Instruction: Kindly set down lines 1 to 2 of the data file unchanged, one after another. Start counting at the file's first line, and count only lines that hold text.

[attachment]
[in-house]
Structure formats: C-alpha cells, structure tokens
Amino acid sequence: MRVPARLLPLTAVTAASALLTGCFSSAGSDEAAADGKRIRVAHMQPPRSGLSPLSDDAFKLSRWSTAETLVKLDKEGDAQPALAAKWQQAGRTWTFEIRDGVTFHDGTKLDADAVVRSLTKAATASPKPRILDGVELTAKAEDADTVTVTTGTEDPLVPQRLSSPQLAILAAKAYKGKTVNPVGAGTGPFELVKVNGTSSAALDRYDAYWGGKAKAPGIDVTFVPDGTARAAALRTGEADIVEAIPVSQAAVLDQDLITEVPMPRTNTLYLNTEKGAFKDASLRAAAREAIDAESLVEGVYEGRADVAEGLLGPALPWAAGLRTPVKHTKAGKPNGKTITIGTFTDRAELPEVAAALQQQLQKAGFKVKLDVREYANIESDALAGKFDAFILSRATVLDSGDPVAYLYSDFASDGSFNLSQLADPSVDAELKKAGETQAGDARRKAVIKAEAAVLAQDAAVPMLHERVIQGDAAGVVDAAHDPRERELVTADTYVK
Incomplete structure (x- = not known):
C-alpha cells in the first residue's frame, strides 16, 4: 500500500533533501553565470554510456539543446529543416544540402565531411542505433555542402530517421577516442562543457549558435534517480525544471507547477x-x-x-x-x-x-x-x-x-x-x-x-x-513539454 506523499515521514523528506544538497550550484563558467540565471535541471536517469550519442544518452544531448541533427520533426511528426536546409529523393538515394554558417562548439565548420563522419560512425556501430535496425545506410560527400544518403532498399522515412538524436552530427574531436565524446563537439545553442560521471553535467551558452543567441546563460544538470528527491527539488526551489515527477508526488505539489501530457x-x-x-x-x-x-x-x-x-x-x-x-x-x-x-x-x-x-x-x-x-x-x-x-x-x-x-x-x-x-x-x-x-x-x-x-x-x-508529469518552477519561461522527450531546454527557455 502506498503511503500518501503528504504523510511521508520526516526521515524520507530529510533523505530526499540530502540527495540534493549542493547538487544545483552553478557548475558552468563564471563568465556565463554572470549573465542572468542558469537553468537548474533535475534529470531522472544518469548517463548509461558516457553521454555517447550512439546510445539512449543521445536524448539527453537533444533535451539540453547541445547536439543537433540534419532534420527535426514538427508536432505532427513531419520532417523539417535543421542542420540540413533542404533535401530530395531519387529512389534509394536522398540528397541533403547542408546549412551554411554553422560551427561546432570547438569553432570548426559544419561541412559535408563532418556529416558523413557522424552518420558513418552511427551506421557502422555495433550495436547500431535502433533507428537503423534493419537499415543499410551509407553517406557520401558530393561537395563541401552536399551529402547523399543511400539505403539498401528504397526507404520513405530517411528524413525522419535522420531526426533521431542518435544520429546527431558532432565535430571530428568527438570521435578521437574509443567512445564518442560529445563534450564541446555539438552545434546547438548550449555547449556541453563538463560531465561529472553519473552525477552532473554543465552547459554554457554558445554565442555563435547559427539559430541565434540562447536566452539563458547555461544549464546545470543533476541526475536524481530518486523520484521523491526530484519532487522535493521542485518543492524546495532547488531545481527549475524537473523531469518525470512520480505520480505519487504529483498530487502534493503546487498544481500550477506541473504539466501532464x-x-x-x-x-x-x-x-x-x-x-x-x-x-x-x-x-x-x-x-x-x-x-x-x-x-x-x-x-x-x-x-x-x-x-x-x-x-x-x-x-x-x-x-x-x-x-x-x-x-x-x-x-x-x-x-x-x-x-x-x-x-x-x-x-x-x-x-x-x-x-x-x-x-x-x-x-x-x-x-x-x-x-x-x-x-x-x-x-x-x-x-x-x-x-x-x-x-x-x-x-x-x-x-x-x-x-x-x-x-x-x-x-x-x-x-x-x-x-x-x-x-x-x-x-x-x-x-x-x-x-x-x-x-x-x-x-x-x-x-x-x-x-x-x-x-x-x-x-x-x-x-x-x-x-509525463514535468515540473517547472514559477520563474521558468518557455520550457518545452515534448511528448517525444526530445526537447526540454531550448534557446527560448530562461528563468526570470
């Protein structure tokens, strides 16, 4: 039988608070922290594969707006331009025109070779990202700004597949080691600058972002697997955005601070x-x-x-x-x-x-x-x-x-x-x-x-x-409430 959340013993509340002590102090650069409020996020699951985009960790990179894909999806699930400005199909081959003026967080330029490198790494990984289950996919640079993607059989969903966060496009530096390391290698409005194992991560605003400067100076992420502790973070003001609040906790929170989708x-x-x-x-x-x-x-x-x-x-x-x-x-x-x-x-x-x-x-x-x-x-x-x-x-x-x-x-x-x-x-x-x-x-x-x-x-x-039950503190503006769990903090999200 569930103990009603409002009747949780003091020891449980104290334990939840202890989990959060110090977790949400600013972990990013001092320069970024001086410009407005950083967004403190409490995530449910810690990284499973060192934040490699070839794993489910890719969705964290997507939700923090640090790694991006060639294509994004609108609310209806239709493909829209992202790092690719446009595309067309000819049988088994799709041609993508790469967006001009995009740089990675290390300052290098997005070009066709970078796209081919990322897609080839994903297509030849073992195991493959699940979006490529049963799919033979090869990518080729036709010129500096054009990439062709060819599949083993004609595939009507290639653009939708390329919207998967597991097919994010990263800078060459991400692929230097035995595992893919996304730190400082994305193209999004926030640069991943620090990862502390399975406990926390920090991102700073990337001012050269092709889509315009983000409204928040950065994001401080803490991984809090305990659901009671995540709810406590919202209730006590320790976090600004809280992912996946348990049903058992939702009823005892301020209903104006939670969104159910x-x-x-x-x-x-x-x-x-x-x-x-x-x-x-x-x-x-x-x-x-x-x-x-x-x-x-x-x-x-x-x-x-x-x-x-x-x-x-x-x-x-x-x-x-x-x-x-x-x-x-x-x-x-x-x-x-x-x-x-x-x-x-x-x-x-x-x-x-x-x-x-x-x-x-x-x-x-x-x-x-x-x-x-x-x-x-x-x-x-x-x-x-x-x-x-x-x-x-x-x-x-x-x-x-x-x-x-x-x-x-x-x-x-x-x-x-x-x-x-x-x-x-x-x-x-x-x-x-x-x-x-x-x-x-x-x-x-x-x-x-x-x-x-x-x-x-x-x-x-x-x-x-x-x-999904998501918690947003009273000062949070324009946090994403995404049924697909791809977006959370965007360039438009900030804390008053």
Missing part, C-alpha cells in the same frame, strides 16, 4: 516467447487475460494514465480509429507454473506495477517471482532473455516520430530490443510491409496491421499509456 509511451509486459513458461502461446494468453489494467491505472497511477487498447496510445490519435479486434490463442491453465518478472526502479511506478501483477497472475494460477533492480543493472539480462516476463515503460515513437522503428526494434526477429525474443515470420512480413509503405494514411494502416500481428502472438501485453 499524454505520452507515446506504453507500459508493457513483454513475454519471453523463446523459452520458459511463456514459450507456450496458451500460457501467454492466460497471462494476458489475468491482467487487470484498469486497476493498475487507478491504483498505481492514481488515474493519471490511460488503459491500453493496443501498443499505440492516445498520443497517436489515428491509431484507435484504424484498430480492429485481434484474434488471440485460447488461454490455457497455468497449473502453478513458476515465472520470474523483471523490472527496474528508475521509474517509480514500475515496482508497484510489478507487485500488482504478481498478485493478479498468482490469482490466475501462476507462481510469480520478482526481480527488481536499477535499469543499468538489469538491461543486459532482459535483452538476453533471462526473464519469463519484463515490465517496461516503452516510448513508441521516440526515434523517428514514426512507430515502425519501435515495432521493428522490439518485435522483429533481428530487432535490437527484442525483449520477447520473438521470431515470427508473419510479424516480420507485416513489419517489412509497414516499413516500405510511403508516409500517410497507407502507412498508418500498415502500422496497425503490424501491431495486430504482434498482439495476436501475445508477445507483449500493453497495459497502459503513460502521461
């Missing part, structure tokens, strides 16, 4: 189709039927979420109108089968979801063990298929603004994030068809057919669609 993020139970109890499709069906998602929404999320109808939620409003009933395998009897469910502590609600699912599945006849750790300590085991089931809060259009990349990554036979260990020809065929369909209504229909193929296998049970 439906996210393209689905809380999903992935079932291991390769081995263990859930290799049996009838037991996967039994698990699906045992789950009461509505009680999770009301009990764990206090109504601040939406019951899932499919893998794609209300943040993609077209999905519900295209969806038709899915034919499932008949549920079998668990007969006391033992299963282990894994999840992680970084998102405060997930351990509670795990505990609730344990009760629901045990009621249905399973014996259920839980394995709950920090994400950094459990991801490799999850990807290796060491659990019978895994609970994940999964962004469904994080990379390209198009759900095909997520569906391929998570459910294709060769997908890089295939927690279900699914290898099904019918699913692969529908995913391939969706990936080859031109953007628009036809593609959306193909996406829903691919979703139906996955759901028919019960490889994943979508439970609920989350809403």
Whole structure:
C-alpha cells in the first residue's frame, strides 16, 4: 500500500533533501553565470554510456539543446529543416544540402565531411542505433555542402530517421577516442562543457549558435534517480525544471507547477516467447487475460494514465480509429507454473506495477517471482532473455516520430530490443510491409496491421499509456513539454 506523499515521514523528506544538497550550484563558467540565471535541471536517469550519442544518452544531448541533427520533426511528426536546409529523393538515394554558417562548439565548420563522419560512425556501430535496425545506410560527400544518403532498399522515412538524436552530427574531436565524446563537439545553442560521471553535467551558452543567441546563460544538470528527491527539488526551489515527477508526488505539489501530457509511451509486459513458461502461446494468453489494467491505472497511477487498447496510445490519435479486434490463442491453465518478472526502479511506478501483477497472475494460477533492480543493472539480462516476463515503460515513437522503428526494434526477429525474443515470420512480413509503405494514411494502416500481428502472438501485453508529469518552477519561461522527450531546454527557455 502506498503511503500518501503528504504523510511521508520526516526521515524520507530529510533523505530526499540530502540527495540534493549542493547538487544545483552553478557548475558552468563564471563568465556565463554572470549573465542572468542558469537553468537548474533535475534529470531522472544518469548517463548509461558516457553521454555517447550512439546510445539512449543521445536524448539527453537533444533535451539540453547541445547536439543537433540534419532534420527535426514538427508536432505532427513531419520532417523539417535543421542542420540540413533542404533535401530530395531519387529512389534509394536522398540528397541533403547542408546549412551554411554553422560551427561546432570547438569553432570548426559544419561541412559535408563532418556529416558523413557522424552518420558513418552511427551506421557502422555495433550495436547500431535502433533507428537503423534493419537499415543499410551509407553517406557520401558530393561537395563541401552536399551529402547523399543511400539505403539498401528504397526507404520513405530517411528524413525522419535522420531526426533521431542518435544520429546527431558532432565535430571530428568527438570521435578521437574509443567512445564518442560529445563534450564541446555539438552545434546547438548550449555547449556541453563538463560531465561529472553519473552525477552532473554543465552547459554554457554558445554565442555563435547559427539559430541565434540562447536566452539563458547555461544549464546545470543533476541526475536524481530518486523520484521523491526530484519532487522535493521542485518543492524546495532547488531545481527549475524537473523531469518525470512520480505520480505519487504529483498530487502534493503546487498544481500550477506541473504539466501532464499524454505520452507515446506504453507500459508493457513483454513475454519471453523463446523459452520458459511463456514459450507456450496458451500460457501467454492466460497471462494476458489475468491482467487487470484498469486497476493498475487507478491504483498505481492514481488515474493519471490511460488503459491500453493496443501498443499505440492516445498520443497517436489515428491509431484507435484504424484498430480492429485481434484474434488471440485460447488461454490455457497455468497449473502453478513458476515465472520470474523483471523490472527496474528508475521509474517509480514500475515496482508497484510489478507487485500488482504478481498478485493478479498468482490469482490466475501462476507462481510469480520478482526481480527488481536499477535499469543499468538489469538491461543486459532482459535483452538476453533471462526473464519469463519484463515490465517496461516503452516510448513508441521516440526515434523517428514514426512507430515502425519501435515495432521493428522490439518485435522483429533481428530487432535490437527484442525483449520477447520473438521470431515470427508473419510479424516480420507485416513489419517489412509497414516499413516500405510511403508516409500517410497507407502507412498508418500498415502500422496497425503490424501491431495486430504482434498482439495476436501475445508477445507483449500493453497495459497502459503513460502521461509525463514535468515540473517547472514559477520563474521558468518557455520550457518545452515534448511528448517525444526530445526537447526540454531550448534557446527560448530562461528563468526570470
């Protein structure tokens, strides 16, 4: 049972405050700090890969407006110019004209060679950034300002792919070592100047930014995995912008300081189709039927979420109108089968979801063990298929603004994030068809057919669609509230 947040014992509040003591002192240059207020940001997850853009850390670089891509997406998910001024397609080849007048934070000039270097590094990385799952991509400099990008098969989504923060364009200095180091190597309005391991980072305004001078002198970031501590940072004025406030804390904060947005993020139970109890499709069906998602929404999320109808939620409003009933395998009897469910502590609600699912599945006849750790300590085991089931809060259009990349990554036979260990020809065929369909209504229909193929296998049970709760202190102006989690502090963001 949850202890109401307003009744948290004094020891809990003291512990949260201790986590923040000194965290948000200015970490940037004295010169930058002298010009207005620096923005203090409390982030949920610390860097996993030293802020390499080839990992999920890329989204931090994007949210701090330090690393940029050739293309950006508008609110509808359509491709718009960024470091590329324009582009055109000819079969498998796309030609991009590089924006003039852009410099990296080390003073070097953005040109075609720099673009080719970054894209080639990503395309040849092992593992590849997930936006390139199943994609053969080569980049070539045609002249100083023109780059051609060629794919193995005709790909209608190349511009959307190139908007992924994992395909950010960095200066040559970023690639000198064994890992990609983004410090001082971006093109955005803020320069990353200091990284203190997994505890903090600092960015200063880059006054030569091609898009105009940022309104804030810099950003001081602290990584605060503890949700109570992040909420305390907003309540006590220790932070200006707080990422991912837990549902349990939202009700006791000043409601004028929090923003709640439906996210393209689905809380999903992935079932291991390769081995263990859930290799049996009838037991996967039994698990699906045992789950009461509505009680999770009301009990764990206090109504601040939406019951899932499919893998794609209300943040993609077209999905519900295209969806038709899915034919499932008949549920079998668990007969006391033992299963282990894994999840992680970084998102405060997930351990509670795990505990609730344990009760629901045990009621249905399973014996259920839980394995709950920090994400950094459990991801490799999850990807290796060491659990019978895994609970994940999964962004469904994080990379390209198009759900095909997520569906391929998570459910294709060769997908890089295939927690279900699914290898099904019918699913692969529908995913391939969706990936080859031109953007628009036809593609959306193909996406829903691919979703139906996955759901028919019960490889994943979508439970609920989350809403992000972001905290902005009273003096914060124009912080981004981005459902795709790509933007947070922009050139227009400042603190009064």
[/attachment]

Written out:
[in-house]
Structure formats: C-alpha cells, structure tokens